Responsible Supplier Programme
The programme instructs our sourcing and purchasing departments to adopt a four-step approach working with our suppliers to ensure compliance with Pandora’s Code of Conduct.
Step 1: Screening suppliers
As a first step our purchasers cooperate with our dedicated CSR teams to screen and categorise all suppliers. Each supplier is investigated through a set of screening criteria such as business importance, product related risks, country of production (using the WGI indicators), documented responsible performance/commitments, leverage, as well as the responsible purchaser’s personal assessment. One off suppliers as well as suppliers delivering goods or services below USD 50,000/year is generally not eligible for audits. Nonetheless, failing to convince the responsible purchaser, these supplier categories will become eligible for further investigation.
The outcome of this initial CSR screening is integrated into our Supplier Segmentation Model, which categorise suppliers according to their potential business impact as well as other supply risks. Based on above, our suppliers are further categorised into one of four categories each eligible to specific actions.
Step 2: Supplier trainings
Depending on the outcome of the initial screening, suppliers are either approved for business or invited to move on to step two of the programme. Here we will engage in an in-depth dialogue tailored to the specific characteristics of the supplier vis-a-vis our requirements. Most suppliers will be invited to join a one-day CSR supplier training course. The key objective of the CSR training is to enhance suppliers’ awareness of CSR risks, improve their understanding of PANDORA’s CSR approach and expectations and ensure that they are aware of relevant rules and regulations.
During the training, we encourage and seek to inspire our suppliers to make use of practical tools and methods to raise their ethical standards and prevent or mitigate identified non-compliances with our Code of Conduct. A vital part of this exercise is to share with our suppliers how we work to ensure responsible business practices at our own crafting facilities in Thailand, operating under similar business conditions as the majority of our suppliers. This approach has proved to be a fruitful means of facilitating difficult discussions on how seemingly unsolvable issues can be turned into business advantages.
Trainings are mainly delivered by our internal CSR teams based in Thailand, Hong Kong and Denmark. Our CSR specialists have comprehensive experience from more than thousands supplier audits on CSR performance throughout Asia and Europe – the two regions that account for almost 100 per cent of our direct supply base. Trainings will also include sessions on national labour and environmental laws.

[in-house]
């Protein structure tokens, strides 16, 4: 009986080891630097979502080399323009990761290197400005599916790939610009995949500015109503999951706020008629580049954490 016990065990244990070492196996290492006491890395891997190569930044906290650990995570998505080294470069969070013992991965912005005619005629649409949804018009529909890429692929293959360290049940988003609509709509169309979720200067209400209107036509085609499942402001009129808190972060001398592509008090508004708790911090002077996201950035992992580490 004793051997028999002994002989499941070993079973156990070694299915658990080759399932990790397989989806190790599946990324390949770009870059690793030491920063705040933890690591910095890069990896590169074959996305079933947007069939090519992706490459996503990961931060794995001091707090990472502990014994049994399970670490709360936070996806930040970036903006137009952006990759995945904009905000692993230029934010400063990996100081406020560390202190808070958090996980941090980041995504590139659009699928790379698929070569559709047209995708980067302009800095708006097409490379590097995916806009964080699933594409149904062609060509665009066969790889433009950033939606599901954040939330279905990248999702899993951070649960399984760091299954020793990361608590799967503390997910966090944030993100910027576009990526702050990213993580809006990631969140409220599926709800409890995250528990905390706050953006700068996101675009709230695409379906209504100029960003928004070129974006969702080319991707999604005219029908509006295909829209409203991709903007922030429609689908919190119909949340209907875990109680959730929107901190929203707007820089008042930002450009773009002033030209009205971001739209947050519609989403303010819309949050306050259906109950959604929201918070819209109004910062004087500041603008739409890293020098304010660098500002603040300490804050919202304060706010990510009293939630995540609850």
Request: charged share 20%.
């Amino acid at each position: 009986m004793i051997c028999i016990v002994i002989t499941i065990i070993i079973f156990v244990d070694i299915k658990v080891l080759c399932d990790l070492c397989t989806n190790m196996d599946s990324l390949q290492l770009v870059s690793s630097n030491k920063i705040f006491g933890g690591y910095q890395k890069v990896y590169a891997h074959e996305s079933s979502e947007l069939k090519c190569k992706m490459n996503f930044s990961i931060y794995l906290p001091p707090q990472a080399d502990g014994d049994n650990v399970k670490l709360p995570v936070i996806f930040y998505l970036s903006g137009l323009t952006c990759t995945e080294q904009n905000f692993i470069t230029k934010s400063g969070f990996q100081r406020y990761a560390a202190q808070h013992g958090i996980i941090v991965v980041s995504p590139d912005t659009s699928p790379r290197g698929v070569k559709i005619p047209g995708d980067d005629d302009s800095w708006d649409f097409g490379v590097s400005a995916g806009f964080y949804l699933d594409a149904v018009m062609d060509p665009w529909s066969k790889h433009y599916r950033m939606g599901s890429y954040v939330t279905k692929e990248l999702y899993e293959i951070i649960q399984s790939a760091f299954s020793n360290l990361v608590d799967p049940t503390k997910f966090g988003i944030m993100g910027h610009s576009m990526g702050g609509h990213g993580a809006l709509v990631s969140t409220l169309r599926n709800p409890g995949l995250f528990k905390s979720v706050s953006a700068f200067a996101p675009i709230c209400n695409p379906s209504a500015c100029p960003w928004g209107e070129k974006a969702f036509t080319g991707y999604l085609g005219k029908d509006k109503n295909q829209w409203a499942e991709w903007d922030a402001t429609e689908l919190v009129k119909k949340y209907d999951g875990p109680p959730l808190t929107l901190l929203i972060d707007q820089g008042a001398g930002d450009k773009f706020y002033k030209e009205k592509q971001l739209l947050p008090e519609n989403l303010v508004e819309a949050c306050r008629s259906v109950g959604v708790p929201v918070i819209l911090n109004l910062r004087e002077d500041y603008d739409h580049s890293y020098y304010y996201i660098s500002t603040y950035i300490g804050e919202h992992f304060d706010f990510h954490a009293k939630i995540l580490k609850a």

Step 3: Supplier Audits
The third step is an actual CSR audit conducted by an independent audit company. The audit process is often initiated by asking the supplier to perform a preliminary CSR self-assessment using a template provided by Pandora. We do this with a dual purpose. Firstly, we wish to allow our suppliers to identify and mitigate any non-compliance that they might not have paid attention to in the past. Secondly, we want to obtain sufficient knowledge about the supplier’s CSR performance before ordering a comprehensive supplier audit. Following our commitment to constructive dialogue and long-term partnerships, audits are announced to suppliers 2 to 3 weeks in advance.
In 2018, 85% of our total sourcing value came from suppliers who have been audited by either our external auditing company or are certified members of the Responsible Jewellery Council (RJC). This means that they have been audited against the broadest and strictest standards within the jewellery supply chain. The majority of non-compliance cases identified during the independent supplier audits involved either health and safety standards or working conditions. Pandora’s crafting facilities in Thailand have worked diligently to achieve high standards as well as expertise within both areas. Thus, we seek to transfer our knowledge and expertise to our suppliers, to help them raise safety levels, job satisfaction and commitment – and thereby increase attraction, retention, productivity and profitability.
Step 4: Corrective actions
The fourth and final step is to develop and implement corrective action plans ensuring that any non-compliance identified during daily operations, initial screenings, supplier trainings, self-assessments or through independent audits, are eliminated within a reasonable time frame.
The independent audit team prepares a draft corrective action plan based on their expertise and knowledge of how fast companies and authorities can be expected to act on the given context. The plan is presented to the supplier at the end of the audit, and the supplier can either accept it or suggest an alternative plan, which ultimately must be accepted by our purchaser and/or Corporate Sustainability. Failure to follow the plan and ultimately to comply with the Code of Conduct will escalate Pandora’s efforts to ensure compliance, up to the point where Pandora’s Ethics Steering Committee decides to terminate the business relation.